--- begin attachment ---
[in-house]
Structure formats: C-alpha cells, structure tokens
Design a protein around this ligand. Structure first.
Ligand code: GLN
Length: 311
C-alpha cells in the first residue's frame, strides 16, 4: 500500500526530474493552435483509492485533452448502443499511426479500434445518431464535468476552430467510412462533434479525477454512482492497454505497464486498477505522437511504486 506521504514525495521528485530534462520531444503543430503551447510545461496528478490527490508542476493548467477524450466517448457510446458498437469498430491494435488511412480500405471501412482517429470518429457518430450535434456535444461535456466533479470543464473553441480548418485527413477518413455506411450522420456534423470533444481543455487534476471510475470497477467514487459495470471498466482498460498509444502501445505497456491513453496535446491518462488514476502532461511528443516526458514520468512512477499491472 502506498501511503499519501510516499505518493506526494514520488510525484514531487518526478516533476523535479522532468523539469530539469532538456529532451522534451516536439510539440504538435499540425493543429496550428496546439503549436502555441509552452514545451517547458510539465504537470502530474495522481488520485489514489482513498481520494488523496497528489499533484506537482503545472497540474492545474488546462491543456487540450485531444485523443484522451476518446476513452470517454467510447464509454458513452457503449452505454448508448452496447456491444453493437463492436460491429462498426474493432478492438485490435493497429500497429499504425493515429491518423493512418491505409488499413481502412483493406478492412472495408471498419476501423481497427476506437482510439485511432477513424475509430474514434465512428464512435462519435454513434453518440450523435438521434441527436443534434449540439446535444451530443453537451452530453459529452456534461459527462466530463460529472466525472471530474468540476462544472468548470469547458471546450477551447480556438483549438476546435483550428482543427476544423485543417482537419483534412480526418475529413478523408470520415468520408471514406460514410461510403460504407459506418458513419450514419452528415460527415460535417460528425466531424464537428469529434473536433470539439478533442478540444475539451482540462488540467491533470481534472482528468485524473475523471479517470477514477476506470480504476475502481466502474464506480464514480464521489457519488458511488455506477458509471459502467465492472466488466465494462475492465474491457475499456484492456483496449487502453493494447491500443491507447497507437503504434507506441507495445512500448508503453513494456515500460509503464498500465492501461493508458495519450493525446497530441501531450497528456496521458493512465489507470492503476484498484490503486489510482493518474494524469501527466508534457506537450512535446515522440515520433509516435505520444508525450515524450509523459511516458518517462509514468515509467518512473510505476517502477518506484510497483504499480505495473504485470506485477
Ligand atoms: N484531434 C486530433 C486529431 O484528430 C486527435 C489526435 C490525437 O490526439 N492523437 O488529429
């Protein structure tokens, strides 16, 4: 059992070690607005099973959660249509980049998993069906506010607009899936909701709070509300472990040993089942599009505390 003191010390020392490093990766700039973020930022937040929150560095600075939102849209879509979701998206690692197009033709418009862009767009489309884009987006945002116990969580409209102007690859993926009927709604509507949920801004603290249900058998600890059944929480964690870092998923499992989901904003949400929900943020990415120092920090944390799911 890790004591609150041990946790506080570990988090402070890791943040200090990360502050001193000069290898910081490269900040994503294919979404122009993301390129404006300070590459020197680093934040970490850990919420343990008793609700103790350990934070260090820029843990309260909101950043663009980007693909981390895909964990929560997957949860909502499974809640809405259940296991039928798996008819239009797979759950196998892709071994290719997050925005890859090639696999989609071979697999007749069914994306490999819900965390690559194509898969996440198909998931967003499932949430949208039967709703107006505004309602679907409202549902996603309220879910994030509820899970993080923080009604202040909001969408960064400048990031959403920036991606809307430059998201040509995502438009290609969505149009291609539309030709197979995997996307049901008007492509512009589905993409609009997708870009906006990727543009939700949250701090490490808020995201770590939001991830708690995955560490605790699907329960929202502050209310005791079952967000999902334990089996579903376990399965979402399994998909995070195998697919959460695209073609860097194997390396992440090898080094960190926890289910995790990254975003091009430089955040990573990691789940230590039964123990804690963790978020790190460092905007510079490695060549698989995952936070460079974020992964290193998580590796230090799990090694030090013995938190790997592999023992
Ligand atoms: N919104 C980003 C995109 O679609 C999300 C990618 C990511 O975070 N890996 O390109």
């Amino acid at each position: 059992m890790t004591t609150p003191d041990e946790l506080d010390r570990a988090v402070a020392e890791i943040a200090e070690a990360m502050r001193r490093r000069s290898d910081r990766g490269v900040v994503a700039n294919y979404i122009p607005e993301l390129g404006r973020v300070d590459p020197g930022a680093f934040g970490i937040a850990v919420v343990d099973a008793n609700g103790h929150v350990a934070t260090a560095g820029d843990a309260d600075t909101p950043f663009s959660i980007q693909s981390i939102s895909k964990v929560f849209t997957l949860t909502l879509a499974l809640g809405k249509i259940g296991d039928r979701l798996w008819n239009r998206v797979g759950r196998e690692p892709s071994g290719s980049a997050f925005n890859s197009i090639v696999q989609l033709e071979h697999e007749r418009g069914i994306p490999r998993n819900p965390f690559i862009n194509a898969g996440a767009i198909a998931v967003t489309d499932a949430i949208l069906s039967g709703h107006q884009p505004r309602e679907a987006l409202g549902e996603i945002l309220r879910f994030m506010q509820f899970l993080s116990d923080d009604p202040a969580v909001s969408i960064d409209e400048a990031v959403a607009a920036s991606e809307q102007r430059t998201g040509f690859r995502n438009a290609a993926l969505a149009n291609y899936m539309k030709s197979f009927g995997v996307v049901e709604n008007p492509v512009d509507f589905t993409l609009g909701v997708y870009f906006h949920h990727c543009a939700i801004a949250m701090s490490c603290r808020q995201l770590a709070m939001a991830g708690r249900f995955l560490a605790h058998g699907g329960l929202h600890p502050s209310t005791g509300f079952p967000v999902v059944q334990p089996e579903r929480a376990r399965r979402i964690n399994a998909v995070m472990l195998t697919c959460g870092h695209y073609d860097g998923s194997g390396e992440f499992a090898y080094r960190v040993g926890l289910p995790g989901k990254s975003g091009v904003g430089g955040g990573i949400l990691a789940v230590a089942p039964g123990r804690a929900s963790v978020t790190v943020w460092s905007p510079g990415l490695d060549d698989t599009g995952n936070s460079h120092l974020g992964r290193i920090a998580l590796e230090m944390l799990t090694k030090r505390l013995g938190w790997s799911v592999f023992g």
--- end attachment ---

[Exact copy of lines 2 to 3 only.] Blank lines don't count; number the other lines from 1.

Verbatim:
Structure formats: C-alpha cells, structure tokens
Design a protein around this ligand. Structure first.